A robust clustering algorithm for analysis of composition-dependent organic aerosol thermal desorption measurements

Ziyue Li, Emma L. D'Ambro, Siegfried Schobesberger, Cassandra J. Gaston, Felipe D. Lopez-Hilfiker, Jiumeng Liu, John E. Shilling, Joel A. Thornton, Christopher D. Cappa

Research output: Contribution to journalArticlepeer-review

4 Scopus citations


One of the challenges of understanding atmospheric organic aerosol (OA) particles stems from its complex composition. Mass spectrometry is commonly used to characterize the compositional variability of OA. Clustering of a mass spectral dataset helps identify components that exhibit similar behavior or have similar properties, facilitating understanding of sources and processes that govern compositional variability. Here, we developed an algorithm for clustering mass spectra, the noise-sorted scanning clustering (NSSC), appropriate for application to thermal desorption measurements of collected OA particles from the Filter Inlet for Gases and AEROsols coupled to a chemical ionization mass spectrometer (FIGAERO-CIMS). NSSC, which extends the common density-based special clustering of applications with noise (DBSCAN) algorithm, provides a robust, reproducible analysis of the FIGAERO temperature-dependent mass spectral data. The NSSC allows for the determination of thermal profiles for compositionally distinct clusters of mass spectra, increasing the accessibility and enhancing the interpretation of FIGAERO data. Applications of NSSC to several laboratory biogenic secondary organic aerosol (BSOA) systems demonstrate the ability of NSSC to distinguish different types of thermal behaviors for the components comprising the particles along with the relative mass contributions and chemical properties (e.g., average molecular formula) of each mass spectral cluster. For each of the systems examined, more than 80% of the total mass is clustered into 9-13 mass spectral clusters. Comparison of the average thermograms of the mass spectral clusters between systems indicates some commonality in terms of the thermal properties of different BSOA, although with some system-specific behavior. Application of NSSC to sets of experiments in which one experimental parameter, such as the concentration of NO, is varied demonstrates the potential for mass spectral clustering to elucidate the chemical factors that drive changes in the thermal properties of OA particles. Further quantitative interpretation of the thermograms of the mass spectral clusters will allow for a more comprehensive understanding of the thermochemical properties of OA particles.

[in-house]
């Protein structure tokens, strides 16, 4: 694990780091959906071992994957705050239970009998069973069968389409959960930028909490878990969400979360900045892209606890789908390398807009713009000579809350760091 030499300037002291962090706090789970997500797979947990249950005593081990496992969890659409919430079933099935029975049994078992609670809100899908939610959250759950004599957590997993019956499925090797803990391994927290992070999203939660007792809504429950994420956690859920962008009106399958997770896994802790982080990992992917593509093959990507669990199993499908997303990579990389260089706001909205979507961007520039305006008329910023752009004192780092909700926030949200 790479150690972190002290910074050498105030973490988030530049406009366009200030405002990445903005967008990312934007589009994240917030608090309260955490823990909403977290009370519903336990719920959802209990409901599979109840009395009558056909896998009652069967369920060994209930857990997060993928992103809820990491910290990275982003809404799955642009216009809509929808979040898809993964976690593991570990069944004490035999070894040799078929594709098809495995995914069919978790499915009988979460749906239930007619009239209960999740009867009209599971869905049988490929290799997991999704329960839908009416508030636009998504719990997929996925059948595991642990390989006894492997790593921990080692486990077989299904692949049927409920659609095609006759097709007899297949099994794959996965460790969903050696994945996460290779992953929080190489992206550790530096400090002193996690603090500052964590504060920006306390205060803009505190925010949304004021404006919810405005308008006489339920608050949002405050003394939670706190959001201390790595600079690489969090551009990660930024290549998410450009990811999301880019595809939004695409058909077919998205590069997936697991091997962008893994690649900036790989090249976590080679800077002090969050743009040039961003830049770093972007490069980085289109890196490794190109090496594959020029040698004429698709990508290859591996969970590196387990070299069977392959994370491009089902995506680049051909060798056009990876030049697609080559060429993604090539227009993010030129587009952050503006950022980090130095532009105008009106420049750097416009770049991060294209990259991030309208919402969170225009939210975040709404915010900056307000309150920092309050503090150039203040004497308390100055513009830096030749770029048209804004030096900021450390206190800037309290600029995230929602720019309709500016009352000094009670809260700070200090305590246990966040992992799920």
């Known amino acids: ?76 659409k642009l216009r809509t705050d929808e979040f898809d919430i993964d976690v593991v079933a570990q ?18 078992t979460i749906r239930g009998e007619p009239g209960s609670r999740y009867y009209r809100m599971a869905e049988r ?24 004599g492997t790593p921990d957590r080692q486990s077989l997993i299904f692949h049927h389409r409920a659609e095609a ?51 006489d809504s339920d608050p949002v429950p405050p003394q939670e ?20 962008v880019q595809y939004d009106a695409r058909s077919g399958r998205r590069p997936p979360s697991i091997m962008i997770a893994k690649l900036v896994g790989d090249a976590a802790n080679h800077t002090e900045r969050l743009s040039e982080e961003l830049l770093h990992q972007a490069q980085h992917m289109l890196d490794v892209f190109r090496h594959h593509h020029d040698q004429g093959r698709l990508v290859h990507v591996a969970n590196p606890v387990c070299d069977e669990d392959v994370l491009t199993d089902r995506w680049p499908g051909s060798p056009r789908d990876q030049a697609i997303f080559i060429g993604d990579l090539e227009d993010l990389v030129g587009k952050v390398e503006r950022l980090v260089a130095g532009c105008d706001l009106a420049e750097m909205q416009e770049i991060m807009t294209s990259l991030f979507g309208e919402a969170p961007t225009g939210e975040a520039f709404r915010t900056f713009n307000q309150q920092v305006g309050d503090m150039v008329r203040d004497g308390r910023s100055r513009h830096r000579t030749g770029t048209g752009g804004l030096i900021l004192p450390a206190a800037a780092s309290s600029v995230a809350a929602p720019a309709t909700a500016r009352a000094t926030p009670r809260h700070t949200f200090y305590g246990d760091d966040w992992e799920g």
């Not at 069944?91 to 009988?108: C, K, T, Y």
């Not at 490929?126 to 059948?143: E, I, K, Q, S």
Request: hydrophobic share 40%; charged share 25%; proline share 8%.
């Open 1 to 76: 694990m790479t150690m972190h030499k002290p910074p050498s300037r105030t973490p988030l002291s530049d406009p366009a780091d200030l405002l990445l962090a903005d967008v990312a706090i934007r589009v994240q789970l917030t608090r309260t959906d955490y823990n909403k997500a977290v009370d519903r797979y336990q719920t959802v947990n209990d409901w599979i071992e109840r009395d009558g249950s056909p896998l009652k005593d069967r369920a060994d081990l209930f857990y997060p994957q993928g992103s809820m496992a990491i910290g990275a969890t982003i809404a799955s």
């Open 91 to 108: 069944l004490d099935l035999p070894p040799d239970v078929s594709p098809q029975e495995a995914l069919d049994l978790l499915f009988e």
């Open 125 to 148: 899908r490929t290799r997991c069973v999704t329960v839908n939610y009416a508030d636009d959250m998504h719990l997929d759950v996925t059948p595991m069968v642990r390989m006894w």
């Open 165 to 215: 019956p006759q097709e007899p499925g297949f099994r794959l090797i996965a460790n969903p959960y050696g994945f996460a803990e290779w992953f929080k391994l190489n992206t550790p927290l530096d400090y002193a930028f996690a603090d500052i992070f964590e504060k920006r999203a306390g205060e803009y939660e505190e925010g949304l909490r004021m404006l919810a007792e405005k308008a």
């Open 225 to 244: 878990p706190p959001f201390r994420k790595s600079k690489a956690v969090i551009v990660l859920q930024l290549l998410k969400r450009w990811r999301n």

Original languageEnglish (US)
Pages (from-to)2489-2512
Number of pages24
JournalAtmospheric Chemistry and Physics
Issue number4
StatePublished - Mar 2 2020

ASJC Scopus subject areas

  • Atmospheric Science


Dive into the research topics of 'A robust clustering algorithm for analysis of composition-dependent organic aerosol thermal desorption measurements'. Together they form a unique fingerprint.

Cite this